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Institute for Astronomy to hold lunar exclipse viewing parties

University of Hawaiʻi at Mānoa
Contact:
Roy Gal, (301) 728-8637
Assistant Astronomer/Outreach Coordinator, Institute for Astronomy
Posted: Apr 7, 2014

The April 14 lunar eclipse will be total from 9:06 to 10:24 p.m. Art by K. Teramura & M. Chen.
The April 14 lunar eclipse will be total from 9:06 to 10:24 p.m. Art by K. Teramura & M. Chen.

On the evening of Monday, April 14, 2014, the Institute for Astronomy at the University of Hawaiʻi at Mānoa will hold free eclipse parties for the public at Kapiʻolani Park in Waikīkī and next to the Kahuku Public Library from 7:00 to 11:30 p.m. Members of the public will have the opportunity to see the eclipsed moon and other celestial sights through telescopes and binoculars.

Although the eclipse will start at 6:53 p.m. HST, it will not be visible until 7:58 p.m.  The most interesting part, when the Moon will be very dark and possibly blood red, will take place from 9:06 to 10:24 p.m. Although the eclipse will take place on April 15 in many other parts of the world, in Hawaiʻi it will occur on April 14 because of Hawaiʻi’s time zone.

Said Dr. Roy Gal, IfA Outreach Coordinator, “Celestial events like this eclipse are a great opportunity for us astronomers to reach out to the community, especially here in Hawaiʻi, where knowledge of the night sky is an integral part of the culture and history.  We love to get people looking up and thinking about our connection to the rest of the universe.” He pointed out that this is an unusual year in that there will be another total lunar eclipse visible in Hawaiʻi on the night of October 7-8.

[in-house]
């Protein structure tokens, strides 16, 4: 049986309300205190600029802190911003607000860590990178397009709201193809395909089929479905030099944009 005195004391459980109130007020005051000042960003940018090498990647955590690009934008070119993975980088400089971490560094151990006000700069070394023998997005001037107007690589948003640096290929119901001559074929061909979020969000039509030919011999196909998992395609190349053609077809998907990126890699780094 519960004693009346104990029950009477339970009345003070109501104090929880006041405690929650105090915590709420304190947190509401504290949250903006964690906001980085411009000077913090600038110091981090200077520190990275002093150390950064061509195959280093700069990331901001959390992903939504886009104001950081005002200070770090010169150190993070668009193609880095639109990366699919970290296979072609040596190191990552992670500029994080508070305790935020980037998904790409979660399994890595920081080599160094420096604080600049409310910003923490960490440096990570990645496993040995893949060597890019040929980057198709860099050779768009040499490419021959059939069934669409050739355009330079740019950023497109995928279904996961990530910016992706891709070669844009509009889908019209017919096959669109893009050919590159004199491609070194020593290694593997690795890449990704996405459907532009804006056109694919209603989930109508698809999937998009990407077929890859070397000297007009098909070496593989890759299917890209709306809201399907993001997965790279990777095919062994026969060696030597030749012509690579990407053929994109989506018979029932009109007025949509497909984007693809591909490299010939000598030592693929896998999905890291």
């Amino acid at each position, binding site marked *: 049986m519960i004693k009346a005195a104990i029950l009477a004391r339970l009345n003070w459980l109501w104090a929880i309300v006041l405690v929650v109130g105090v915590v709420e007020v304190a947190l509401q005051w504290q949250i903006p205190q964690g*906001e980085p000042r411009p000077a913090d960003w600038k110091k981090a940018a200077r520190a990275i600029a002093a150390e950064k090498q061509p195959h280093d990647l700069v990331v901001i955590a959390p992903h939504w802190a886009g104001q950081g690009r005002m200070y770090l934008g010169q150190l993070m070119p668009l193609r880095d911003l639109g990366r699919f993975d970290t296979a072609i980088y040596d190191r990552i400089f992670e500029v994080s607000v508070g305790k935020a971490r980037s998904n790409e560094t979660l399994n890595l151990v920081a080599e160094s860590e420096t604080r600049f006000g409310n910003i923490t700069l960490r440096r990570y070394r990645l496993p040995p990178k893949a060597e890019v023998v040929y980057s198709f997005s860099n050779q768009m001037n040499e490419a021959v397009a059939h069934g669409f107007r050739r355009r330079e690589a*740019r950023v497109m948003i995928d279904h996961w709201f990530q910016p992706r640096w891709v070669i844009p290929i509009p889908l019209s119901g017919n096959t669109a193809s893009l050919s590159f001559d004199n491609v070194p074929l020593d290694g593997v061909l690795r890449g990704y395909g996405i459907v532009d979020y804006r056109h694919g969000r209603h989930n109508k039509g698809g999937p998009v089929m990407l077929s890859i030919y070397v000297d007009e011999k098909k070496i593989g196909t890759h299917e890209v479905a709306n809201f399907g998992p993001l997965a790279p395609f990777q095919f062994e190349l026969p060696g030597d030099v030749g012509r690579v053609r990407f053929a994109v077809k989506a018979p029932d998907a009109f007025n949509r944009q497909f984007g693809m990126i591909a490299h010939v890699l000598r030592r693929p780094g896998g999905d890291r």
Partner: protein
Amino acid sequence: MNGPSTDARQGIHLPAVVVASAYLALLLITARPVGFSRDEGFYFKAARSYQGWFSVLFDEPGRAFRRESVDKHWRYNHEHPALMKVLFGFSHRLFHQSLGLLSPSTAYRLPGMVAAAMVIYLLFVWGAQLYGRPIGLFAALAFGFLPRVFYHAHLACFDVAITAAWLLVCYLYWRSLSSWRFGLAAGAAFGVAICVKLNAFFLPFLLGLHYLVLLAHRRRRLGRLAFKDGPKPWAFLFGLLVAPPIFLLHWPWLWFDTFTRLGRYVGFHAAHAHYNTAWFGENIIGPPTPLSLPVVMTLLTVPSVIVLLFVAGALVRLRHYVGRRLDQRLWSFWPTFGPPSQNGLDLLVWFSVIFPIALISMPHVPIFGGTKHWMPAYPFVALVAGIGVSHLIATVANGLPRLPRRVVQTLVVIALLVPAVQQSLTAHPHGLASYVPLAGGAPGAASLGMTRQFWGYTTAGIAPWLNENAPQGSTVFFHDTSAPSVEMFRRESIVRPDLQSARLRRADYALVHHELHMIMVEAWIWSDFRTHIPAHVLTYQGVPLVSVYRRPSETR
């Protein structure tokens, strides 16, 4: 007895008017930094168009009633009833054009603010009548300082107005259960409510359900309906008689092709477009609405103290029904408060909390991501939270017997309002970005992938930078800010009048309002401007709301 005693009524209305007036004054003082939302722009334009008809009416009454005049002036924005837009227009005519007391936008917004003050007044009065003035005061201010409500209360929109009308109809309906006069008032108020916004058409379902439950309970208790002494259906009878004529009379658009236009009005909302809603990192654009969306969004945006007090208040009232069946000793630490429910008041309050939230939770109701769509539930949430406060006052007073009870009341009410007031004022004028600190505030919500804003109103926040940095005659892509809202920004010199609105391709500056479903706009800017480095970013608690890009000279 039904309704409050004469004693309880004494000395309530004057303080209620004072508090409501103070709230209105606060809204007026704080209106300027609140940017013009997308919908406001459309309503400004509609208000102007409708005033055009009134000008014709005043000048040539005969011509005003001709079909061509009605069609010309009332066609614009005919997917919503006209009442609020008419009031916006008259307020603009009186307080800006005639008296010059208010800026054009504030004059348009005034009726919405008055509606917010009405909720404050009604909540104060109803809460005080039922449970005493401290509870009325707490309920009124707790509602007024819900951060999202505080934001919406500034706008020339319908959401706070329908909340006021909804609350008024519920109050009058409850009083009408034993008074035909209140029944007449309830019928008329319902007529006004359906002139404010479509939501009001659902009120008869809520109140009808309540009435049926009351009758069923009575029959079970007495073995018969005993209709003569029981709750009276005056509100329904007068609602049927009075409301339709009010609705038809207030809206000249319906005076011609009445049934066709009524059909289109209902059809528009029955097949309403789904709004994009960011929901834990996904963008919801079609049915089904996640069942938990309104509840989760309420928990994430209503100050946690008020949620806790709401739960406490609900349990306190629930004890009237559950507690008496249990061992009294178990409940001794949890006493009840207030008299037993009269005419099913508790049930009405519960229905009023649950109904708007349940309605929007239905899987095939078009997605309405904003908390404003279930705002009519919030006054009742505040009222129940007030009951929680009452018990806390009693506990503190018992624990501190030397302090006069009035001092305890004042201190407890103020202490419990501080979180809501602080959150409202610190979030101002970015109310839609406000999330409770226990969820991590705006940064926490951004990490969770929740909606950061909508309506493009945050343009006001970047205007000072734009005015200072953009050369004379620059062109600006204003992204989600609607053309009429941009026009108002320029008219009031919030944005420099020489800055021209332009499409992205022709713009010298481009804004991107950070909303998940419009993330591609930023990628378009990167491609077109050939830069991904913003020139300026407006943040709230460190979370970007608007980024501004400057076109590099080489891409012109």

The Kapiʻolani Park event will happen on Soccer Field #5, which is located on Paki Avenue near the corner of Monsarrat Avenue. There is free parking both on the streets and in lots accessible from Monsarrat Avenue.

The Kahuku Public Library is located at 56-490 Kamehameha Highway in Kahuku on Oʻahu’s North Shore.

Founded in 1967, the Institute for Astronomy at the University of Hawaiʻi at Mānoa conducts research into galaxies, cosmology, stars, planets, and the sun. Its faculty and staff are also involved in astronomy education, deep space missions, and in the development and management of the observatories on Haleakala and Maunakea. The Institute operates facilities on the islands of Oʻahu, Maui, and Hawaiʻi.

For more information, visit: http://www.ifa.hawaii.edu/info/press-releases/AprilLunarEclipse/